The Social Environmental Elements of Resilience among Vulnerable African American/Black Men Who Have Sex with Men
Department of Family Therapy
Journal of Human Behavior in the Social Environment
Resilience theory has been suggested as a strong framework for research on HIV prevention among men who have sex with men (MSM). Among this population, literature indicates that African American/Black MSM are particularly vulnerable to health and social disparities associated with HIV transmission risk. Conceptualizing resilience as a part of one’s social environment, this qualitative study investigates the specific elements of resilience, and the associated contexts and relationships, among a sample of 21 substance-using African American/Black MSM. Data indicate that (1) elements contributing to resilience are multiple and co-occurring, including inner strengths, social relationships, diversity of experience, religion/spirituality, altruism, and creativity; (2) as an element of resilience, social support was experienced differently among men who did and did not have supportive relationships with other gay and bisexual men, which has implications for social service provision and intervention approaches; and (3) diversity of experiences and relationships is an important influencing factor on expressions of resilience. Social services or interventions that facilitate the development of these elements of resilience will likely be especially beneficial for vulnerable African American/Black MSM.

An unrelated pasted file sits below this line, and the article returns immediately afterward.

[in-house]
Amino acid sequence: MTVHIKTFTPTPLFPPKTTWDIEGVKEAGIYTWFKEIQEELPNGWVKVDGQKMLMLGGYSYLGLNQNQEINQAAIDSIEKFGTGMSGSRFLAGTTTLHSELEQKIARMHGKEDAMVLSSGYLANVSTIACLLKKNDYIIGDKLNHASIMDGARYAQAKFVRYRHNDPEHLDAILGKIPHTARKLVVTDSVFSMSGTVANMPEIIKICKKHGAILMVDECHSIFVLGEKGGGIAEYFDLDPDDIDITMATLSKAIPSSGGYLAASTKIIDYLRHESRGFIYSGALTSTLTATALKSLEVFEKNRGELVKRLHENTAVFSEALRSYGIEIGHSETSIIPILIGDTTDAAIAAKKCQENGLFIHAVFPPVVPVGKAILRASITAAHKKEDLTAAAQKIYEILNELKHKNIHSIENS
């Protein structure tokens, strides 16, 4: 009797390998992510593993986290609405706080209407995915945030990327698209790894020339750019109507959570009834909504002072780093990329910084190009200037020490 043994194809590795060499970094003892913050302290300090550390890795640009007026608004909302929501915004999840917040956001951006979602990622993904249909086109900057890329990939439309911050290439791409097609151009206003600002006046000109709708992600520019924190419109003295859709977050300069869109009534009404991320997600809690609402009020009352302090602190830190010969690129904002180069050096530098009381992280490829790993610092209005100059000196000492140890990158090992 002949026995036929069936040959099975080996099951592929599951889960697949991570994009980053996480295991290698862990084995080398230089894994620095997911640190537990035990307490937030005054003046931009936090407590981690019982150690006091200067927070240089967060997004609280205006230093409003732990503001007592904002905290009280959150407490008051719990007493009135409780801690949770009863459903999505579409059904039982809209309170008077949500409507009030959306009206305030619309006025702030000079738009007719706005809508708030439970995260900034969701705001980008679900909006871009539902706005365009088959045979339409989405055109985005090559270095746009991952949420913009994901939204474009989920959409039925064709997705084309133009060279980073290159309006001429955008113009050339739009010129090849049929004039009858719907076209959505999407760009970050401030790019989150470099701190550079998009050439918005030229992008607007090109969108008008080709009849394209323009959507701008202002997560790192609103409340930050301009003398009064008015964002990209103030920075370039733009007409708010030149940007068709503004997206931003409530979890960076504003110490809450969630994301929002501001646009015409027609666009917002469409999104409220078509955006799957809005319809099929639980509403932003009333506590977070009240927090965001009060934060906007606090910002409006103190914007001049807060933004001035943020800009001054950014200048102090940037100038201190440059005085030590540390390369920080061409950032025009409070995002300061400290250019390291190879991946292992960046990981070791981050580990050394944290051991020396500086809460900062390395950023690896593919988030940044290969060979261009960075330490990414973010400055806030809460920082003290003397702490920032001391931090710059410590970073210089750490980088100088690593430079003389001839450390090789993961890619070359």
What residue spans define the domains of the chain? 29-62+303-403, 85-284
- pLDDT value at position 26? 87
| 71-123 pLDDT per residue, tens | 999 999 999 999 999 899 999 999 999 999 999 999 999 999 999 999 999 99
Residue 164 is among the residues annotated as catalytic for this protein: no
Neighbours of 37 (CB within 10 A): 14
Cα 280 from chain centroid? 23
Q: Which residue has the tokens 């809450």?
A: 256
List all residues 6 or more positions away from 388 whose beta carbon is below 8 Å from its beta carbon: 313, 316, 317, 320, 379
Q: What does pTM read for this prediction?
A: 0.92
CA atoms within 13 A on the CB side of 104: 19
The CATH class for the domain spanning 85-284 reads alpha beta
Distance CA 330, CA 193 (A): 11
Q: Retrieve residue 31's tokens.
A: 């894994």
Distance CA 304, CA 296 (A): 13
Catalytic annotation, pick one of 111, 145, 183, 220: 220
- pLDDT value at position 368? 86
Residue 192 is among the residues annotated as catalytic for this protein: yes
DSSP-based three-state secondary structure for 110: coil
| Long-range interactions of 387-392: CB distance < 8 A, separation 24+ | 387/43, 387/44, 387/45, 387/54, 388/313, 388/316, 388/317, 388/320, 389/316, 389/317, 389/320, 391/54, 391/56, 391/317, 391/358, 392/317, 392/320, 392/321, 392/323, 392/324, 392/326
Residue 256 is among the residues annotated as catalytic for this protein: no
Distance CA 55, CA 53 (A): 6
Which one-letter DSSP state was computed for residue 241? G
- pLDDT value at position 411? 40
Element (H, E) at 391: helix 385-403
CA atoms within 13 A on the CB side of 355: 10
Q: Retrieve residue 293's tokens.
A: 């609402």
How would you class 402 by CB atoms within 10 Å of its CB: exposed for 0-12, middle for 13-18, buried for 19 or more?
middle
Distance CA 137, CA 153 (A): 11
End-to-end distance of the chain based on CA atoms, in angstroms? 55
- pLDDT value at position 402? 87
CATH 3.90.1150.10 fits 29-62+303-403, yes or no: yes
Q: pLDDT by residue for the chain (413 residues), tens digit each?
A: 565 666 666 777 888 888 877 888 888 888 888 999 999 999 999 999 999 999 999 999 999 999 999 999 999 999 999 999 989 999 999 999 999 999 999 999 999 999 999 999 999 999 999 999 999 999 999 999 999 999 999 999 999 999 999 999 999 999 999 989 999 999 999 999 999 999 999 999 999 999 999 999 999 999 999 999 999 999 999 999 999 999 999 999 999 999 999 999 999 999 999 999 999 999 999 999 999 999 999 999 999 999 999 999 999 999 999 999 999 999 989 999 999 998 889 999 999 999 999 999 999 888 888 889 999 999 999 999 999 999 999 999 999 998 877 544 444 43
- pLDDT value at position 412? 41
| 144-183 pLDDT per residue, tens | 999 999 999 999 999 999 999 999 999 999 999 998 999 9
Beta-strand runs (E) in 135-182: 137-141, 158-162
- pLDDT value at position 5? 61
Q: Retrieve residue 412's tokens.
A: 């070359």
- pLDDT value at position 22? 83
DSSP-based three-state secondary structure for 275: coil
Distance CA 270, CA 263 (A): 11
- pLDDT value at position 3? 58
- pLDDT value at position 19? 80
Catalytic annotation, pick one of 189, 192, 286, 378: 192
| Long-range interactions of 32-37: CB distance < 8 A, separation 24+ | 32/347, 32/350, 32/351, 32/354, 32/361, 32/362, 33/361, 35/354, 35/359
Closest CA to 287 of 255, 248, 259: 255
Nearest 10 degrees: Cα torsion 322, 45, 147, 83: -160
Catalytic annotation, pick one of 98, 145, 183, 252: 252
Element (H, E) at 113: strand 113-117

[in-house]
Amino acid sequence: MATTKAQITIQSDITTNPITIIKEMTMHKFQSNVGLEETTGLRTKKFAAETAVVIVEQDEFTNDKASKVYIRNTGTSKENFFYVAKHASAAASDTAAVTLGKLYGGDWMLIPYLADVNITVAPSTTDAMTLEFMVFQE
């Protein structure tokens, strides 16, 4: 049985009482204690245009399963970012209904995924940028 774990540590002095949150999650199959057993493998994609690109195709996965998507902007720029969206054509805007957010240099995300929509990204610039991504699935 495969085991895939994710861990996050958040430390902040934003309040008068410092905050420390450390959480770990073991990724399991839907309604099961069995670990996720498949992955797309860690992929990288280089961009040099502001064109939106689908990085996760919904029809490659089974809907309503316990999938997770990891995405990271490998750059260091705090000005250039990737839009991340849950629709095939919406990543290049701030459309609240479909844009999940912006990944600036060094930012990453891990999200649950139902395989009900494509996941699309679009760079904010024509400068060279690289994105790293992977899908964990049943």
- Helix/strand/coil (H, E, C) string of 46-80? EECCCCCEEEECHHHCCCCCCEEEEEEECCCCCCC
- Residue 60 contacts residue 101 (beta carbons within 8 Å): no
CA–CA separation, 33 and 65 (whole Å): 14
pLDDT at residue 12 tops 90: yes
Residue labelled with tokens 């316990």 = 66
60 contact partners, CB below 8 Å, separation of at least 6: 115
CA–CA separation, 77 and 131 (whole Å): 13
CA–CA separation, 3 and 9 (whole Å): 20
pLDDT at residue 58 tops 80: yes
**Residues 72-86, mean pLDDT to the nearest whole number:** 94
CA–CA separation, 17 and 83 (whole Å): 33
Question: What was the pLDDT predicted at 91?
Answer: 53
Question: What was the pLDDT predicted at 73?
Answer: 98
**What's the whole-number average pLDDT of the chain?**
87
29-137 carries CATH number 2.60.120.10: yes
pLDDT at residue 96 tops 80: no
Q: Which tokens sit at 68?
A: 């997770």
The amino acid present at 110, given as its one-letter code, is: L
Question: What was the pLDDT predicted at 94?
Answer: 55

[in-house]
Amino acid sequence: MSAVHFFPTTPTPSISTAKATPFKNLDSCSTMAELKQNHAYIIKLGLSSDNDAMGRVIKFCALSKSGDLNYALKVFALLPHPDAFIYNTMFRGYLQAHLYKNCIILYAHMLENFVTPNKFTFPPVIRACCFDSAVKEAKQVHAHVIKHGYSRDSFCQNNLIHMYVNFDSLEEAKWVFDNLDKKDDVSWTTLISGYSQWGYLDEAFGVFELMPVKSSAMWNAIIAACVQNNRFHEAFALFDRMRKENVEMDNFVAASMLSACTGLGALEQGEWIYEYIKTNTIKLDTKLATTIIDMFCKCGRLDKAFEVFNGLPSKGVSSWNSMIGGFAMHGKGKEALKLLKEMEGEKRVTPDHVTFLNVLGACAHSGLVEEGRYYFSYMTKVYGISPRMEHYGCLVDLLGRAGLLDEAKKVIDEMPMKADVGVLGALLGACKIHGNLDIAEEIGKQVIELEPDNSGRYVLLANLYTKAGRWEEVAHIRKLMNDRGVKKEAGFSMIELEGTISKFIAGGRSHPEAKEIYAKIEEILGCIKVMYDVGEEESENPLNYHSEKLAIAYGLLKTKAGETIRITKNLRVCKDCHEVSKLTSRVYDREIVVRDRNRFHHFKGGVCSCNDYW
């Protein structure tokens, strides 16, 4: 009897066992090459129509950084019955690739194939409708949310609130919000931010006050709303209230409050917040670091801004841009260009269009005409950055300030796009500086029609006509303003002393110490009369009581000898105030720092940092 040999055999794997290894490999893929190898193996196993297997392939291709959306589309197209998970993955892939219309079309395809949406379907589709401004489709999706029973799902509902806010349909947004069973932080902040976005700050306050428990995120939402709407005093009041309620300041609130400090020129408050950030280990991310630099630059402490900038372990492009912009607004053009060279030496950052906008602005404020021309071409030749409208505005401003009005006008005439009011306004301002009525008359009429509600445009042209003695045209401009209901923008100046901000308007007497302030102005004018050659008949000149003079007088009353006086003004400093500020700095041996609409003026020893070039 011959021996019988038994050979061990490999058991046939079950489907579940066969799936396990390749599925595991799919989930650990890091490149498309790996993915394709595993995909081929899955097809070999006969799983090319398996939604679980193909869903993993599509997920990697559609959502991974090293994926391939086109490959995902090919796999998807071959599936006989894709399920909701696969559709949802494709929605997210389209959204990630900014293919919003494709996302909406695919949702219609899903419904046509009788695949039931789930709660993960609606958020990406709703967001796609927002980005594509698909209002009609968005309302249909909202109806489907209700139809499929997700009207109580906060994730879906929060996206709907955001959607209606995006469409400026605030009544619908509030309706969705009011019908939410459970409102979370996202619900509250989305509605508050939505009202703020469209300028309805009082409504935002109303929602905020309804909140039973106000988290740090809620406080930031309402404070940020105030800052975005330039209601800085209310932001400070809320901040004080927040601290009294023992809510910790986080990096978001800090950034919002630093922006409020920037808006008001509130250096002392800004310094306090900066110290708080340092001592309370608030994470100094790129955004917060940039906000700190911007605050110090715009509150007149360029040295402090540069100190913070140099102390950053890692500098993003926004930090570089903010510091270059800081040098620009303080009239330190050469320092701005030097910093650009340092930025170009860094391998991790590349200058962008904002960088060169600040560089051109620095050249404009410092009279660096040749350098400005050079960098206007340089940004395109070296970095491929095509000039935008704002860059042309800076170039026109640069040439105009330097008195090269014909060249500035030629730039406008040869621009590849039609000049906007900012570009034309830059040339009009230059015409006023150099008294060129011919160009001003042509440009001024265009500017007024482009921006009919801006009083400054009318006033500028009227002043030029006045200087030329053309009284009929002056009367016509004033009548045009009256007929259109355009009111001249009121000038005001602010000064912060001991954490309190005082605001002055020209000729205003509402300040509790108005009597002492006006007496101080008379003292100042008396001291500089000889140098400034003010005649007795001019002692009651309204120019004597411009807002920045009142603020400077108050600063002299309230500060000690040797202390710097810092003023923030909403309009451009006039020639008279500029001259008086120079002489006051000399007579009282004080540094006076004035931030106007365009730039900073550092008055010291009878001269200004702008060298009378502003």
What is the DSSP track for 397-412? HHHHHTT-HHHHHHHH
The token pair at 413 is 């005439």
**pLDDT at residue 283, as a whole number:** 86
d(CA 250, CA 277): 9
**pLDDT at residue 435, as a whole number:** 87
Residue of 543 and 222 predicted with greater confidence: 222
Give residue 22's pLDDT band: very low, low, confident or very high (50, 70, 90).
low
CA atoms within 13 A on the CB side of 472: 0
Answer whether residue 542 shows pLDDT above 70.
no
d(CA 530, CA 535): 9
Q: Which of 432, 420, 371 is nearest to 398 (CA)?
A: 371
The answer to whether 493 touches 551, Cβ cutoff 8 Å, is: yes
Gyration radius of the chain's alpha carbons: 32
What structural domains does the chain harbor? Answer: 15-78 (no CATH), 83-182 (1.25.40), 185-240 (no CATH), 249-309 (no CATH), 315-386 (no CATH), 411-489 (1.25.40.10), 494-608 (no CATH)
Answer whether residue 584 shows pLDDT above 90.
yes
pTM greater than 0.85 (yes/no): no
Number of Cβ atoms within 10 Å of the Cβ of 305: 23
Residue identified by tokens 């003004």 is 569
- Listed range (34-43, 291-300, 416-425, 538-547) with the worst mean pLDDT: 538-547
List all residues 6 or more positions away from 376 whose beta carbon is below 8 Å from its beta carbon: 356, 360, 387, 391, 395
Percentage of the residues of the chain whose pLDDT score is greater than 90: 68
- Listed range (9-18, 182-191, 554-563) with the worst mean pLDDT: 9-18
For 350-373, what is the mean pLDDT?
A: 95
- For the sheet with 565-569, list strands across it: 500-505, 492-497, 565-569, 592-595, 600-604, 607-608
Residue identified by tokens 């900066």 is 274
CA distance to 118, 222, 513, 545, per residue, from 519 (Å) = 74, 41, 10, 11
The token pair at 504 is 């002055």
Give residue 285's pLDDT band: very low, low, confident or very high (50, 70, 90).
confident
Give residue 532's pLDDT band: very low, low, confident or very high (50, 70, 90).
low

Buttram, M. E. (2015). The Social Environmental Elements of Resilience among Vulnerable African American/Black Men Who Have Sex with Men. Journal of Human Behavior in the Social Environment, 8 (25), 923-933. https://doi.org/10.1080/10911359.2015.1040908